Jo Swinson, the deputy leader of the centrist, pro-European Liberal Democrat party, said she would have voted against the tightly-contested Trade Bill, but was at home with her three-week-old baby. She accused the government of breaking an informal agreement in order to “win at all costs.”
Because Swinson was unable to attend the House of Commons for the vote, she was “paired” with a member of the ruling Conservatives — party chairman Brandon Lewis.
Lewis, however, voted on two amendments he had apparently previously agreed not to, prompting Swinson to ask May “how low will your govt stoop?” and accused the prime minister’s party of “desperate stuff.”
Lewis abstained in most of the day’s votes on the bill, but then proceeded to vote on the two closest votes, which the government won by six and lost by four votes respectively.
While informal in nature, “pairing” is seen as one of the ways Britain’s sometimes archaic lower chamber can help female lawmakers who have children, as well as parliamentarians who might be unwell.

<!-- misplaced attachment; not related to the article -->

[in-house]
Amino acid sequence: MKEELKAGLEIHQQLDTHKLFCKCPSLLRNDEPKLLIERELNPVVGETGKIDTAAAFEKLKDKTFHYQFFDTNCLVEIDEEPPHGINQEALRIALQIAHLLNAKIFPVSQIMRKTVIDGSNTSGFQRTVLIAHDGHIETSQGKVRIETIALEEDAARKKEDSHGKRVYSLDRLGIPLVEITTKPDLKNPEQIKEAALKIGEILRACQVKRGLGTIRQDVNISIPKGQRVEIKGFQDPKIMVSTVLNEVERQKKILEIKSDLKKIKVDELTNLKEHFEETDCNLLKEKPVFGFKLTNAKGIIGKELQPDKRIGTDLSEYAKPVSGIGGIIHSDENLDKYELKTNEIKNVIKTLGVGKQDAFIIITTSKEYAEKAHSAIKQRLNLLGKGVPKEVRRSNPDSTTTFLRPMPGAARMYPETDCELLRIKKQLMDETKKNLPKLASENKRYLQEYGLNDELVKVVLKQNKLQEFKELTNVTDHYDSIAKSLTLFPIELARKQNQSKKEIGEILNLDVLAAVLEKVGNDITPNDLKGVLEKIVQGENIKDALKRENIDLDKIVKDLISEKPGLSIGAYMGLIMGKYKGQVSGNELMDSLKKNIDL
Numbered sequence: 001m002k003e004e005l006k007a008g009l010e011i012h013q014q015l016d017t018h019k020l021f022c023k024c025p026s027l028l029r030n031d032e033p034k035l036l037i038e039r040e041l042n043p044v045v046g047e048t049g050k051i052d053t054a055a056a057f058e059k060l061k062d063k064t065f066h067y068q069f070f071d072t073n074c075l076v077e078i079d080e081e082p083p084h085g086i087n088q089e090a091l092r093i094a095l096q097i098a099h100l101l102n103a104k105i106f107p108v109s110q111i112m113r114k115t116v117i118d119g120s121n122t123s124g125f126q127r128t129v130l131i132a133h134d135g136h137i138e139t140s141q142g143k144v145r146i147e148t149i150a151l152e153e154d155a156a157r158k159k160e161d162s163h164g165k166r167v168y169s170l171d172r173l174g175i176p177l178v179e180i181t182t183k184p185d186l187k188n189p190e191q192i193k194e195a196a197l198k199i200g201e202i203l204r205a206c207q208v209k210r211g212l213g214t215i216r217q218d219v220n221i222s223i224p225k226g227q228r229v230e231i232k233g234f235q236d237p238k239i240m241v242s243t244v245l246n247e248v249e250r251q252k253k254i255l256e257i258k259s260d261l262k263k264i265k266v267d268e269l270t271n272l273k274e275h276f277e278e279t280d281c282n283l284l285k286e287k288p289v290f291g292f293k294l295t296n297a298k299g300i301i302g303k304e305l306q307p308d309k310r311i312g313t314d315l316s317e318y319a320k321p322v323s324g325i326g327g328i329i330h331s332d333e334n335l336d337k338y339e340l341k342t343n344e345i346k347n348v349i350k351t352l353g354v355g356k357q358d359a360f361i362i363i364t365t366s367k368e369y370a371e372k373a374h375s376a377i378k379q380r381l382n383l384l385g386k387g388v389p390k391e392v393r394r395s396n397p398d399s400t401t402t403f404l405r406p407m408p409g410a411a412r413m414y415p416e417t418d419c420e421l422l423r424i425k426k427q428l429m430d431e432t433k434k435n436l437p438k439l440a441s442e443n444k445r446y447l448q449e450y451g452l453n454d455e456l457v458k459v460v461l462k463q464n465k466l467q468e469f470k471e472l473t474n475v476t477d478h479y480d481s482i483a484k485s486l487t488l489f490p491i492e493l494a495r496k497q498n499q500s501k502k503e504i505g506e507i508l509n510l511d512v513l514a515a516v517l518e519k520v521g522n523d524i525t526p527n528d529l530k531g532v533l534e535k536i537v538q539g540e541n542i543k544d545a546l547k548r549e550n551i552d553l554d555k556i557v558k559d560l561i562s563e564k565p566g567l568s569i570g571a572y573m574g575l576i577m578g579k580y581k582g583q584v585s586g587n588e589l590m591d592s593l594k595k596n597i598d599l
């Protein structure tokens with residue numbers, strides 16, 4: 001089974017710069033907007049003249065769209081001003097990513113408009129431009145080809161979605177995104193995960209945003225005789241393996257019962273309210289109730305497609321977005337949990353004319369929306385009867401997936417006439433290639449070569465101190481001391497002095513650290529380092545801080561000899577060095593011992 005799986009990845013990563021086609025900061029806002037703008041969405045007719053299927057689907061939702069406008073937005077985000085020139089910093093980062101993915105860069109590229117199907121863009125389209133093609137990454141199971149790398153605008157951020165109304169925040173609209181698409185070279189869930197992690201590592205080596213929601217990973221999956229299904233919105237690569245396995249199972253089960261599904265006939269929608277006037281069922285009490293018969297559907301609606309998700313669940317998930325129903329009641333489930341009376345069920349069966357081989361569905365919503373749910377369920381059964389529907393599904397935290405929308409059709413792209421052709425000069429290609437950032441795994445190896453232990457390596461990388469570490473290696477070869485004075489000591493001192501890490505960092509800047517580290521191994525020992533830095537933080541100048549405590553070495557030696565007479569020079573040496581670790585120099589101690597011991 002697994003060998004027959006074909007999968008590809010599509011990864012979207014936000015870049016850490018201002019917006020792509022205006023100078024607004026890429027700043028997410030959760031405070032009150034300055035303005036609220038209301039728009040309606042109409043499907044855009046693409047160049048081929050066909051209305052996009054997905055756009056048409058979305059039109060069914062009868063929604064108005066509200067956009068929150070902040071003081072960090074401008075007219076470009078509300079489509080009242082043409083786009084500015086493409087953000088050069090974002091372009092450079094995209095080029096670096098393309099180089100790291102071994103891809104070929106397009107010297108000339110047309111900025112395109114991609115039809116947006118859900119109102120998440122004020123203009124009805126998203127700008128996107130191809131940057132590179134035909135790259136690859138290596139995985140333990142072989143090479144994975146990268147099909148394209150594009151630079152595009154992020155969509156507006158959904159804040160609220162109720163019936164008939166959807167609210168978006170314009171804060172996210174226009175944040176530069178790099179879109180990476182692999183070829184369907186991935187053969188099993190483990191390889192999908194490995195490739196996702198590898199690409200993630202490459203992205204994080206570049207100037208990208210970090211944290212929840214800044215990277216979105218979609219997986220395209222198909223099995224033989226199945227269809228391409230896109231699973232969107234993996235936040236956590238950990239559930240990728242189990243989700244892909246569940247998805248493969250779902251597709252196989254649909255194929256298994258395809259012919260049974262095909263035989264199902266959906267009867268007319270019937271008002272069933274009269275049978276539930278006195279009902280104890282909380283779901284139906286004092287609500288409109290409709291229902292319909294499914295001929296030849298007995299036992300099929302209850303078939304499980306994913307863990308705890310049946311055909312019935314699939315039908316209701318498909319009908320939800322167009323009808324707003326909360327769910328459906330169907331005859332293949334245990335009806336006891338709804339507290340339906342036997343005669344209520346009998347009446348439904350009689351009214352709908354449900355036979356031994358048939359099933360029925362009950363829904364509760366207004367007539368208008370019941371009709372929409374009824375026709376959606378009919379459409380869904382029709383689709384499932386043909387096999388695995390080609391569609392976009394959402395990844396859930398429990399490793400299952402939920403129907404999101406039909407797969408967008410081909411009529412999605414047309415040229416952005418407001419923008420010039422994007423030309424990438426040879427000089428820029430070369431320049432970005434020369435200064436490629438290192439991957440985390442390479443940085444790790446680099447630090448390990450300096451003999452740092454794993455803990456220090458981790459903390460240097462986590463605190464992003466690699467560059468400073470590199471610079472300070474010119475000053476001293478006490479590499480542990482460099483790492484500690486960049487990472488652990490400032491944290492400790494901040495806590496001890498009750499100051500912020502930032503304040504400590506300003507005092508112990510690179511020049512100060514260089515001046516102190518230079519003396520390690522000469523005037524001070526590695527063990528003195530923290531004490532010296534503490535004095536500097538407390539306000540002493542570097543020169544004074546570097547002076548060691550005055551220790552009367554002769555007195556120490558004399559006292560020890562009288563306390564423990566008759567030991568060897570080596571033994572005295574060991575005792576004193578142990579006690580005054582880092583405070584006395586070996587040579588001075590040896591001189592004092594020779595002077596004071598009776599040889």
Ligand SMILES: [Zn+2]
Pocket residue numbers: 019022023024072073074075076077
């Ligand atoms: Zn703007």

Lewis said sorry via Twitter Tuesday night and said his votes were the result of an “honest mistake,” adding: “I know how important the pair is to everyone, especially new parents, and I apologize.”
Earlier, Swinson had demanded an explanation. “Don’t try any nonsense about a mistake — this is a calculated, deliberate breaking of trust,” she said. “There’s a word for it — cheating.”
Swinson said measures to have proxy voting introduced in parliament had previously been shelved by the government due to the fact lawmakers on maternity leave could rely on the pairing system in the interim.
Female lawmakers from all of Britain’s major parties joined in tweeting their support of Swinson after the votes.
Yvette Cooper, a Labour lawmaker and former government minister, said May’s party was “dishonest” and “desperate.”
Tuesday’s votes were the latest bout of drama over May’s Brexit plan, with her Conservative government deeply split between supporters of a clean break with the E.U. and those who want to keep close ties with the bloc, Britain’s biggest trading partner.
Her fragile hold on power was weakened further last week by the resignation of senior ministers and public criticism from President Donald Trump.
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